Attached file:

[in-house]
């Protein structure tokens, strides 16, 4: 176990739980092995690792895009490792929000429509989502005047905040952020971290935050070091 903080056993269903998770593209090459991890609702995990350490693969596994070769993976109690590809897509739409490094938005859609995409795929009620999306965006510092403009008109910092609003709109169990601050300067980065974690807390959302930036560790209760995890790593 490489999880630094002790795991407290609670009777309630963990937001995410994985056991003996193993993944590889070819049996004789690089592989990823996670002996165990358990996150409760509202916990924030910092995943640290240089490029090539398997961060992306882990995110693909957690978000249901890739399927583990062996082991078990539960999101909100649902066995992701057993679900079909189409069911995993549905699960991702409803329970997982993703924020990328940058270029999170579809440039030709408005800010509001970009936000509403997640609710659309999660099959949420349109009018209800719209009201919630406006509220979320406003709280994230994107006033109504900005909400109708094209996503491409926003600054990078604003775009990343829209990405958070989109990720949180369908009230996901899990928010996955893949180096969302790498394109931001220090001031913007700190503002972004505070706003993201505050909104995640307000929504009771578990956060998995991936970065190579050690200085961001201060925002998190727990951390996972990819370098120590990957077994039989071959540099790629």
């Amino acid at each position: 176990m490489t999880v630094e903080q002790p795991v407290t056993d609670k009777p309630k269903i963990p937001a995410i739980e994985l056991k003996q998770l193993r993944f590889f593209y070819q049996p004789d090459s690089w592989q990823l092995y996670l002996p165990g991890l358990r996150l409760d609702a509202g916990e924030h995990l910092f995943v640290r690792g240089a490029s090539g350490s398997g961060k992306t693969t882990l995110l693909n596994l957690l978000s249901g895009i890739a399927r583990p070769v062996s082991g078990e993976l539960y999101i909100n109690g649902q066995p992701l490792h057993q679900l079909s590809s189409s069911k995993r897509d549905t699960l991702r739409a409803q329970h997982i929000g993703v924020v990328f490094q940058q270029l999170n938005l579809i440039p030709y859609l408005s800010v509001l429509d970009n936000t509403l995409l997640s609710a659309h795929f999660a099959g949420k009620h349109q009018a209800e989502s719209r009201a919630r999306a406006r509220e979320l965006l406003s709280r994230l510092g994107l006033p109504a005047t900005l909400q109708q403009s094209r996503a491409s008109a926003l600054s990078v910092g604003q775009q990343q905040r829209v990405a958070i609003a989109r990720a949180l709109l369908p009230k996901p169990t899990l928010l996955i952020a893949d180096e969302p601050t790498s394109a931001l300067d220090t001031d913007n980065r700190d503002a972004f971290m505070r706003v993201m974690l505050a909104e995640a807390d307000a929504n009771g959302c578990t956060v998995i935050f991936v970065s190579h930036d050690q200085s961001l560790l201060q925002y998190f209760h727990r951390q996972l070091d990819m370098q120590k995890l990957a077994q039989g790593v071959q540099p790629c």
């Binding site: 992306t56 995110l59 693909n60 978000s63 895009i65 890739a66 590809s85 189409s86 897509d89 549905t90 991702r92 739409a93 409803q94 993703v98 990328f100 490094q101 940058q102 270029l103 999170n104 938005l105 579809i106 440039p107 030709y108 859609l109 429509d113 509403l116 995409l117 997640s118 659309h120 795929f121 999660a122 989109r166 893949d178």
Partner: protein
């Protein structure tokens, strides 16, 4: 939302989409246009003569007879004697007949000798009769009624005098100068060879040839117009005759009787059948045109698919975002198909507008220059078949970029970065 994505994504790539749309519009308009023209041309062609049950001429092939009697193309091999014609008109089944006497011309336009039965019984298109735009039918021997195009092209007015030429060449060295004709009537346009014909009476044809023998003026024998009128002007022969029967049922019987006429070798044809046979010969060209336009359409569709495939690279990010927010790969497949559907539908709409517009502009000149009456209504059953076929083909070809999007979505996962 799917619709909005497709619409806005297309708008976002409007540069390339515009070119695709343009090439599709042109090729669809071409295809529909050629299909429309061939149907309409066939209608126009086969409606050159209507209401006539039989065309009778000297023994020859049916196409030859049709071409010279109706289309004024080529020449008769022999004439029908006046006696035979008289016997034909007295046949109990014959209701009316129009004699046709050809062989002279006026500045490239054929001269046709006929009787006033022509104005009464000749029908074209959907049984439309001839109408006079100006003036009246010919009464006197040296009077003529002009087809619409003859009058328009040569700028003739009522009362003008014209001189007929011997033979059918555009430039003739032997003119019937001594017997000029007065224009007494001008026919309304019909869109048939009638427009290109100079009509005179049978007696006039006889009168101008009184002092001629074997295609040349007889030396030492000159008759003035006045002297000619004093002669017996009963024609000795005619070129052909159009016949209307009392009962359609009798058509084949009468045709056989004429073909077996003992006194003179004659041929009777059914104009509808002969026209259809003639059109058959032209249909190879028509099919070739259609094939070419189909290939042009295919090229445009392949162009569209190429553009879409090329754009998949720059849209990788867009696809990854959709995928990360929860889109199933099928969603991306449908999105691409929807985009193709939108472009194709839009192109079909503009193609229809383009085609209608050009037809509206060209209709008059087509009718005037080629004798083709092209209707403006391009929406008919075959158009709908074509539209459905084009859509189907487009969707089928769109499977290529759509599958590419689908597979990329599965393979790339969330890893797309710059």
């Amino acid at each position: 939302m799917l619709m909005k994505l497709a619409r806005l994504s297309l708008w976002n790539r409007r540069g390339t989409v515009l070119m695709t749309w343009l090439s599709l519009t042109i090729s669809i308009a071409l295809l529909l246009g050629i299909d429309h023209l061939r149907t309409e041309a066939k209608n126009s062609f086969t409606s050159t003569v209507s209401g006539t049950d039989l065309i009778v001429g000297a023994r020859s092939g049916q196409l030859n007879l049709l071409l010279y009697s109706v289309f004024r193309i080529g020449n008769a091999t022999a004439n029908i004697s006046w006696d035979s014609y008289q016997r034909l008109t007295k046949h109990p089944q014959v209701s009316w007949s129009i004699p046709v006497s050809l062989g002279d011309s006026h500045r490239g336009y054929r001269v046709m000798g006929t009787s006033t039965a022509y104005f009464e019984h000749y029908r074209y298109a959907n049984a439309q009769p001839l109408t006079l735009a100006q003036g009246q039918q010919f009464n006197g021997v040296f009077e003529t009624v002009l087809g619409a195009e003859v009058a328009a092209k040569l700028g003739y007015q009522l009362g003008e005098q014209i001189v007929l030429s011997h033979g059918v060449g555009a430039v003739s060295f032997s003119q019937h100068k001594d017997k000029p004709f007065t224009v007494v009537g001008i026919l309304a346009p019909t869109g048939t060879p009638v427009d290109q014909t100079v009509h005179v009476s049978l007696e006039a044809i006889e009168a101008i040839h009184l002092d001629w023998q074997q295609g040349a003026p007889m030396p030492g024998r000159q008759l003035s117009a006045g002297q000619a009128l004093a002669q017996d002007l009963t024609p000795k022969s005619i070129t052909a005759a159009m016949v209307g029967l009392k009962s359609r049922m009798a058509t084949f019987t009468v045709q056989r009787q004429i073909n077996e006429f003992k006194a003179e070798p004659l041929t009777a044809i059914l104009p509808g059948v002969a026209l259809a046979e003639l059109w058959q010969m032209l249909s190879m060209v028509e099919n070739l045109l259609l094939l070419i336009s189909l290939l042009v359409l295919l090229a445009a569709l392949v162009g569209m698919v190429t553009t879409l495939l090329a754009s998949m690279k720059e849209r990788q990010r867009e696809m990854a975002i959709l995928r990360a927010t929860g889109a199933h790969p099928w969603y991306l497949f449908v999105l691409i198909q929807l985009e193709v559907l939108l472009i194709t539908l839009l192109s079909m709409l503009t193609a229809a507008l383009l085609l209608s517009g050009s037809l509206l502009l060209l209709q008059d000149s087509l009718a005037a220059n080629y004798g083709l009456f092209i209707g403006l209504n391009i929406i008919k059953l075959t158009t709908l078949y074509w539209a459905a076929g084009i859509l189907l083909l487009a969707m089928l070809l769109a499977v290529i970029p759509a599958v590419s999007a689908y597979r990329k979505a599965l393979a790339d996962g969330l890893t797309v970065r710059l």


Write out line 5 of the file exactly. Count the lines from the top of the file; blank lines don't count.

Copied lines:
Partner: protein